Digital: it’s not optional

Words:
Dale Sinclair

Excited or anxious, you’ve no choice but to embrace it. Where can you turn for help?

Across the globe taxi drivers are protesting against the march of Uber, which has transformed city travel. London black cabs have been part of the resistance to technological change. They are also resisting the cycle highways which are bringing greener, and ironically faster, ways of travelling across the city – underlining that change comes in many guises. When autonomous vehicles become commonplace (something that seemed like sci-fi a few years ago) there will be further disruption. Car manufacturers are looking to a driverless future where they sell mobility not cars. City planners are beginning to grasp the impact of city centres without garages or parking spaces. The effect on our cities will be transformational. 

A wave of new technology is upon us including big data, artificial intelligence and machine learning. Transport points to what the architecture profession will face as new digital technologies and tools are leveraged to their full potential and remorselessly change how we design and construct our cities and the buildings within them. Some architects are resisting BIM, riding out the remainder of their career in an analogue world. For most this will not be possible. Betting against technological change is a major gamble. Architects can’t stick with analogue when everyone around us is in a digital, data-driven space with real-time simulations and analysis.

The DfMA (designing for manufacture and assembly overlay to the RIBA Plan of Work) observed that the vast majority of our concept designs were predicated on 100 year old technologies such as dry-lining and the steel frame. Practices at the leading edge have already left BIM behind and are delivering projects using many different digital technologies. Stage 4 of the Plan of Work is being transformed by new design to manufacturing technologies. Architects can, and are, leading this transformation. We need to provide the thought leadership that will consign traditional construction to the bin and drive new workflows that will radically reduce costs and time. On-site robotics and large-scale 3D printing are not far away.

At Stage 3 of the Plan of Work, co-ordination is possible using many 3D technologies. Immersive technologies are being harnessed at stage 2. While various applications may seem like novelties to some, they are already business as usual to other designers. The death of 2D is not far off.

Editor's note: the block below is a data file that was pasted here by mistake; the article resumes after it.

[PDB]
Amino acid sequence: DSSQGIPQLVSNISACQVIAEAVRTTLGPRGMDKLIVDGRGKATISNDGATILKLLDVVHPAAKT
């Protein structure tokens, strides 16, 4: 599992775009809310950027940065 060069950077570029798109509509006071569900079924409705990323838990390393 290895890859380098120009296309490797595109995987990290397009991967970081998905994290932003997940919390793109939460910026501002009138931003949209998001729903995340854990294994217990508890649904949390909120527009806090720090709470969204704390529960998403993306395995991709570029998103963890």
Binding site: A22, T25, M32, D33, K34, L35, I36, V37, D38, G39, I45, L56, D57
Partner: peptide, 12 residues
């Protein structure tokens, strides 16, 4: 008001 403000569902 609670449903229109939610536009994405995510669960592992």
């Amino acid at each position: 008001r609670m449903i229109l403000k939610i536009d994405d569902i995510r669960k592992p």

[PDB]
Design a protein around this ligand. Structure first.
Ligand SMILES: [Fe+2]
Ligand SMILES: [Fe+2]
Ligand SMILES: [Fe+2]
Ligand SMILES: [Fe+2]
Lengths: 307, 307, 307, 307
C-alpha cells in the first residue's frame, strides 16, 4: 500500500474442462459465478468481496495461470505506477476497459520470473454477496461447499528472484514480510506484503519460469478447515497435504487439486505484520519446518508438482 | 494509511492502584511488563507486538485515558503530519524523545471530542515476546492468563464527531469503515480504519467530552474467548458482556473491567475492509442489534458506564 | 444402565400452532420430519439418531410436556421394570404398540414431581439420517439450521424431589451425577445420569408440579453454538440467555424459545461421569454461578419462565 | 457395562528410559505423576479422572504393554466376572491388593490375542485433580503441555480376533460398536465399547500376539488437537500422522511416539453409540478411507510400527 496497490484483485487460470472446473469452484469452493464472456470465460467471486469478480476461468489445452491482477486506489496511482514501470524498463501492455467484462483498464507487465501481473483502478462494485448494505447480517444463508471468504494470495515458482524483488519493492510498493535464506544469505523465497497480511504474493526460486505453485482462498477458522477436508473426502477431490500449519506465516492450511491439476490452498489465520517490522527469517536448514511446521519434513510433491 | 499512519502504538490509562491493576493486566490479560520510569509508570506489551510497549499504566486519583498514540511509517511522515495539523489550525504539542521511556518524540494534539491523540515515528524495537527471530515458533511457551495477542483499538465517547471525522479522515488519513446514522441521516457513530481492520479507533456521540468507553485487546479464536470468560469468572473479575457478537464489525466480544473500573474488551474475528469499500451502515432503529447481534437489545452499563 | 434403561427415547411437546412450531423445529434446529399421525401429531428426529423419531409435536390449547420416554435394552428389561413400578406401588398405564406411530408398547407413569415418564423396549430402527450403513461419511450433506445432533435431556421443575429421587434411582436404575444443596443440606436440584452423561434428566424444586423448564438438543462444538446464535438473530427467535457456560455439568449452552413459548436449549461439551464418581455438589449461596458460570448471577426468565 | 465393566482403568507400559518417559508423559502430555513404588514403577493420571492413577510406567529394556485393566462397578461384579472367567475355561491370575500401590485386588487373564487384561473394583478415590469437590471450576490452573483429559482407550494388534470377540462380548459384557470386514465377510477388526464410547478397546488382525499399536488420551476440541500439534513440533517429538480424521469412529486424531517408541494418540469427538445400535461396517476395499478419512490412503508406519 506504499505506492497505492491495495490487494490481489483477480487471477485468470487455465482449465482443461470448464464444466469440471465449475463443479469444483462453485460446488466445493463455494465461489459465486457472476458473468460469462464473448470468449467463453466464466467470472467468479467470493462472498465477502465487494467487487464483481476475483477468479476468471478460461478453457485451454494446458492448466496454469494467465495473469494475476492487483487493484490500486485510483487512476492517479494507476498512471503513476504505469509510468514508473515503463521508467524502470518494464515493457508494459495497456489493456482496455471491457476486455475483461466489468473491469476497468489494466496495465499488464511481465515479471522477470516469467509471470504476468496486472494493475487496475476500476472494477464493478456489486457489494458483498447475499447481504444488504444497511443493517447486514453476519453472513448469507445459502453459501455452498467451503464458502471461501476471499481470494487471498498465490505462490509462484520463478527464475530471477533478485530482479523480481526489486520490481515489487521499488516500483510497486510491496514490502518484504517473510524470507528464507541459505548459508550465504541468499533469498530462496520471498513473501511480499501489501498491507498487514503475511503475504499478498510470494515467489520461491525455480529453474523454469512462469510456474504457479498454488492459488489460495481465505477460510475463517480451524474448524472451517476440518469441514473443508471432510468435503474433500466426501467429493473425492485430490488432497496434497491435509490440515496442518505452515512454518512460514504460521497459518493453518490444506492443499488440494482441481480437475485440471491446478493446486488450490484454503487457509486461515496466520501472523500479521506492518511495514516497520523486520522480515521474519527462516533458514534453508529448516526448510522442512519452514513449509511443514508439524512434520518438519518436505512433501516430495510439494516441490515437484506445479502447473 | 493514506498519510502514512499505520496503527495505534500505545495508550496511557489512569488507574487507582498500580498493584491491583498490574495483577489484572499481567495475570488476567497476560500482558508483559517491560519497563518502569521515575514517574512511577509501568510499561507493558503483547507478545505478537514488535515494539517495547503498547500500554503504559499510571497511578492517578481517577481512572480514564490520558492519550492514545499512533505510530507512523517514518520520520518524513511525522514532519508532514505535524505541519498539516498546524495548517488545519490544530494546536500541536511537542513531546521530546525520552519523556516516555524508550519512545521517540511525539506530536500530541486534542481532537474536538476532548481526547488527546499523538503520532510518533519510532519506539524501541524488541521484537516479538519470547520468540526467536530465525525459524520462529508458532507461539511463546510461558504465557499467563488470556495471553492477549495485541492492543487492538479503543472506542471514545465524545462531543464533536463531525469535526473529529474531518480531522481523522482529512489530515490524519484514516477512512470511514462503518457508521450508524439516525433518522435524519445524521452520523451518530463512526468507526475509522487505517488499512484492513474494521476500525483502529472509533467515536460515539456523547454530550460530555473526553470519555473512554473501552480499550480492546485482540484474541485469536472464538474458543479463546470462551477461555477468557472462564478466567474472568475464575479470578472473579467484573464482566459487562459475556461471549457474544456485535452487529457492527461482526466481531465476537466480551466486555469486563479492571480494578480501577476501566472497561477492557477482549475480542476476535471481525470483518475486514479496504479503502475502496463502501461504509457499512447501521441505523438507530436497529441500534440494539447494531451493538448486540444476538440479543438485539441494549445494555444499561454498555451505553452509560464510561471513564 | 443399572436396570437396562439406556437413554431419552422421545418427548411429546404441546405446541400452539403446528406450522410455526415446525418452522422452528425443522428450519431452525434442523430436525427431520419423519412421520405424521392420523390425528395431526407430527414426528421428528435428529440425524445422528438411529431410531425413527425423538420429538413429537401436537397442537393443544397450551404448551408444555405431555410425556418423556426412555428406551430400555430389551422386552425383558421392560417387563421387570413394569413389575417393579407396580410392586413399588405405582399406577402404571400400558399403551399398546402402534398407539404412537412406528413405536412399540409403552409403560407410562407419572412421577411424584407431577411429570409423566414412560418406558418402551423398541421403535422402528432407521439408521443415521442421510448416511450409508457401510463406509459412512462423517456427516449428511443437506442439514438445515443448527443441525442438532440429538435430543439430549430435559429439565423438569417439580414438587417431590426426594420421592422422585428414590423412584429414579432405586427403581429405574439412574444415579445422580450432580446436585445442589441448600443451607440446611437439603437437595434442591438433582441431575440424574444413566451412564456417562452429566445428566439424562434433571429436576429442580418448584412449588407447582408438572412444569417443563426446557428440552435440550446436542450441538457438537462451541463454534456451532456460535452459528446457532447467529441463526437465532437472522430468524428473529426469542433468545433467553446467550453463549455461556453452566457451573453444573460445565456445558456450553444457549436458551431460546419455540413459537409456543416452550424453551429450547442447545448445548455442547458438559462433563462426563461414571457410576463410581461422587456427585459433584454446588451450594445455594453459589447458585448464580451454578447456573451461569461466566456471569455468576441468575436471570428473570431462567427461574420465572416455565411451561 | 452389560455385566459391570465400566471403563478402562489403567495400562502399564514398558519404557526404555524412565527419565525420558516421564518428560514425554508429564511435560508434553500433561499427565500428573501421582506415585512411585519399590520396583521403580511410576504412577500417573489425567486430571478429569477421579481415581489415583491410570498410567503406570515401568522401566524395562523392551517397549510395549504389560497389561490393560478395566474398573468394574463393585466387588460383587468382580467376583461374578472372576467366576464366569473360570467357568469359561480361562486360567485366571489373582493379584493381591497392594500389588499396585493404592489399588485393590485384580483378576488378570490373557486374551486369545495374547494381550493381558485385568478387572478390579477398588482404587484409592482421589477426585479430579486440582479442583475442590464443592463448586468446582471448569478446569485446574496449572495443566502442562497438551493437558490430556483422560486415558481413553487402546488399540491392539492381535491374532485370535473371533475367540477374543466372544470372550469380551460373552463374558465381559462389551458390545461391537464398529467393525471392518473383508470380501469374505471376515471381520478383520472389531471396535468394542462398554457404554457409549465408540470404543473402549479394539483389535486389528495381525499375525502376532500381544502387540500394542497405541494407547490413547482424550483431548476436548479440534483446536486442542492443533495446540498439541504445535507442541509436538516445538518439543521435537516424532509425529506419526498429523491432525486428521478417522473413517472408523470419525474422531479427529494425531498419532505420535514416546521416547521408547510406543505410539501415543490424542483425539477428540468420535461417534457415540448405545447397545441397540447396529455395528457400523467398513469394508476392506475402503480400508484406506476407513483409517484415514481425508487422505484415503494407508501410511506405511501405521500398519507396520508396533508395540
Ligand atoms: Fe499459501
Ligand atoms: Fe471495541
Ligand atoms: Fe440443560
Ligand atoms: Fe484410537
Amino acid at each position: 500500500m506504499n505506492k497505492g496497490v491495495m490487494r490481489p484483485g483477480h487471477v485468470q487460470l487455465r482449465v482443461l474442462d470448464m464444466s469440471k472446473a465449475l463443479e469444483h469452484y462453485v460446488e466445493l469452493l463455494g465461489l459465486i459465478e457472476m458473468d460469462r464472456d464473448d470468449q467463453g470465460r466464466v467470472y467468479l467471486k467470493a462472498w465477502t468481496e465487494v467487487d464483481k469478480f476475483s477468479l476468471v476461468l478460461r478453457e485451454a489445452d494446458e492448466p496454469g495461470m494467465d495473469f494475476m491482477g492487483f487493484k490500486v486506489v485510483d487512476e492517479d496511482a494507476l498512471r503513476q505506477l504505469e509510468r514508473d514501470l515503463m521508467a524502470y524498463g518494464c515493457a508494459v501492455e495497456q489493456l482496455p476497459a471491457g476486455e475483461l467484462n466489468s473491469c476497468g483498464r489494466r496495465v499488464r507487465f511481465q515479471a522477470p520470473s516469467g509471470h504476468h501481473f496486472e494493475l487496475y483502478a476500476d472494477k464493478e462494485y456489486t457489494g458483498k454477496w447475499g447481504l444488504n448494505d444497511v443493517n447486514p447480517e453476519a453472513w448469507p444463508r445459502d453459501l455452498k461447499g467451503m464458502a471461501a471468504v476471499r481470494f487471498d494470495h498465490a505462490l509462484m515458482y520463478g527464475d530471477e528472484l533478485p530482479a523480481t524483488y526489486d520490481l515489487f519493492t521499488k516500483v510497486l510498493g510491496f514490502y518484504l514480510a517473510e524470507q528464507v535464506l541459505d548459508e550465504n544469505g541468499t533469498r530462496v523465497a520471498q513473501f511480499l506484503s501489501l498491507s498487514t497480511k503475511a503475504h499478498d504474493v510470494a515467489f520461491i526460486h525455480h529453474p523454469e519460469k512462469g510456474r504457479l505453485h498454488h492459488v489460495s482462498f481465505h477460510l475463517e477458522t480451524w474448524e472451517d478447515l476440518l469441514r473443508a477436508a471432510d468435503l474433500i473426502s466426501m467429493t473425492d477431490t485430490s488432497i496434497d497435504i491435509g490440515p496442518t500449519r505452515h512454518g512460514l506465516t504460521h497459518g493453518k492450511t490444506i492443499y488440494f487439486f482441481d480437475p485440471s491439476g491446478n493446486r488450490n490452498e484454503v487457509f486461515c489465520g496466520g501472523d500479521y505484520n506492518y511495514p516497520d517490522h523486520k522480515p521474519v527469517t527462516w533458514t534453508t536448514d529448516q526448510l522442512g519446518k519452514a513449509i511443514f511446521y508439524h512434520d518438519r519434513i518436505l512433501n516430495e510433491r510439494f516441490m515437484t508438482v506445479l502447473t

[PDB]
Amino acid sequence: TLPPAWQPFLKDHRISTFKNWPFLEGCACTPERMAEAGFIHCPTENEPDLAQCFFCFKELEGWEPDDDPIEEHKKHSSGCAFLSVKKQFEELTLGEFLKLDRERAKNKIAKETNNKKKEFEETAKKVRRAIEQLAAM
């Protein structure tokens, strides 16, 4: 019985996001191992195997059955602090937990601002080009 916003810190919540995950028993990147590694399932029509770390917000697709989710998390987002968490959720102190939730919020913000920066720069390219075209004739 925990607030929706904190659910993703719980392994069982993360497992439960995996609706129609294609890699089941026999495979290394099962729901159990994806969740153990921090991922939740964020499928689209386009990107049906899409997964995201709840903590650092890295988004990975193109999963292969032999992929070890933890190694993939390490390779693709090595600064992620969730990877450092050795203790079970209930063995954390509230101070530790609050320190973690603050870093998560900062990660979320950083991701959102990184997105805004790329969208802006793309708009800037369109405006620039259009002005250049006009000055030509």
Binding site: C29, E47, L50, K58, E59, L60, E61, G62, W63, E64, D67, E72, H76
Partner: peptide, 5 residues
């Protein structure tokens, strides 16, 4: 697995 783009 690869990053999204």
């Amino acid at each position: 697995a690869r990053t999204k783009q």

Those who embrace these new technologies will provide new ways of designing and delivering projects. Those who do not will be unable to compete

Those who embrace these new technologies will provide new ways of designing and delivering projects. Those who do not will be unable to compete on time or quality and will need to focus on the creativity centred on stage 2, although even during this crucial stage it will be difficult to compete when rivals are able to provide instant cost information from their designs driven by models linked to faster workflows with fewer iterations and reduced project risks.

The RIBA Digital Task Group, chaired by David Miller, distils and disseminates knowledge on current and emerging digital topics. Over the next few months we will give you insights into aspects of this in RIBA Journal and on ribaj.com. We want to encourage every practitioner to jump on the digital bandwagon and enjoy the ride – before it’s too late.

Even those enthusiastically engaging with the digital agenda will not be immune to the challenges. Inevitably digital technologies will drive new business models. Many clients are looking not just for successful buildings but for rock solid asset information that will reduce operational and in-use costs. The RIBA Plan of Work 2013 sowed the seeds for these life-cycle orientated changes, including better project outcomes, but few architects are embracing them. The next wave of transformation, driven by Digital Built Britain, will focus on radically improving organisational and societal outcomes. These appear to be goals worthy of architectural values and training yet we seem reluctant to lead innovation in this space.

Disintermediating the design process will open up many new opportunities and possibilities. A substantial amount of work is to be done if the RIBA and its members are to rise to the challenge. CPD must become whole life learning. We must accept and embrace the breadth and scale of change that will occur. The RIBA Digital Task Group hopes this series of articles will act as a wake-up call to those resisting and as a catalyst to others to move towards the challenging but exciting digital future. 

Dale Sinclair is RIBA ambassador for collaboration and technical, and a director of AECOM


 

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